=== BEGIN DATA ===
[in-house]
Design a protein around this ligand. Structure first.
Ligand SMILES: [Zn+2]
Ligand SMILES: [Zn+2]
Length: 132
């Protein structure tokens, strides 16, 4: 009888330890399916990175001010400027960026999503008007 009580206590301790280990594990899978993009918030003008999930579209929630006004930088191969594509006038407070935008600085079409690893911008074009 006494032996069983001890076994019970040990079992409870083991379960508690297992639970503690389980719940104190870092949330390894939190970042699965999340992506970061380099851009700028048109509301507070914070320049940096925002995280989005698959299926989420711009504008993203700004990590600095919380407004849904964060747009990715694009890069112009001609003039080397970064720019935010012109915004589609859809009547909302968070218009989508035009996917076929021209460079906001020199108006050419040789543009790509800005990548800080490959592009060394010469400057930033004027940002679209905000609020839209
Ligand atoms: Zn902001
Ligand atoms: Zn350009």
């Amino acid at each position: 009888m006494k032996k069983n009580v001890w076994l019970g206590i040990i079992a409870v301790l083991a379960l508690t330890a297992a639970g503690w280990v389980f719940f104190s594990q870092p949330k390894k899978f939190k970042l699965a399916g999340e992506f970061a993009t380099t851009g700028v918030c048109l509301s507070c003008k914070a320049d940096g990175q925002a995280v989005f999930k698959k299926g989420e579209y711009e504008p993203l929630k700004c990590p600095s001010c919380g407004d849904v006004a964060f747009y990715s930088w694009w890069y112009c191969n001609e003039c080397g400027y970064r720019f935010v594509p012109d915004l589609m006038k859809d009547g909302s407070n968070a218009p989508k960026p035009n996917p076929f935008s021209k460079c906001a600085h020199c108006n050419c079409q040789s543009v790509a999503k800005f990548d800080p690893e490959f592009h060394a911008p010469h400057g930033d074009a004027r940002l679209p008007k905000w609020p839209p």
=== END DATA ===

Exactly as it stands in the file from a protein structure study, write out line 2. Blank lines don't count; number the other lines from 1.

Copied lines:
Design a protein around this ligand. Structure first.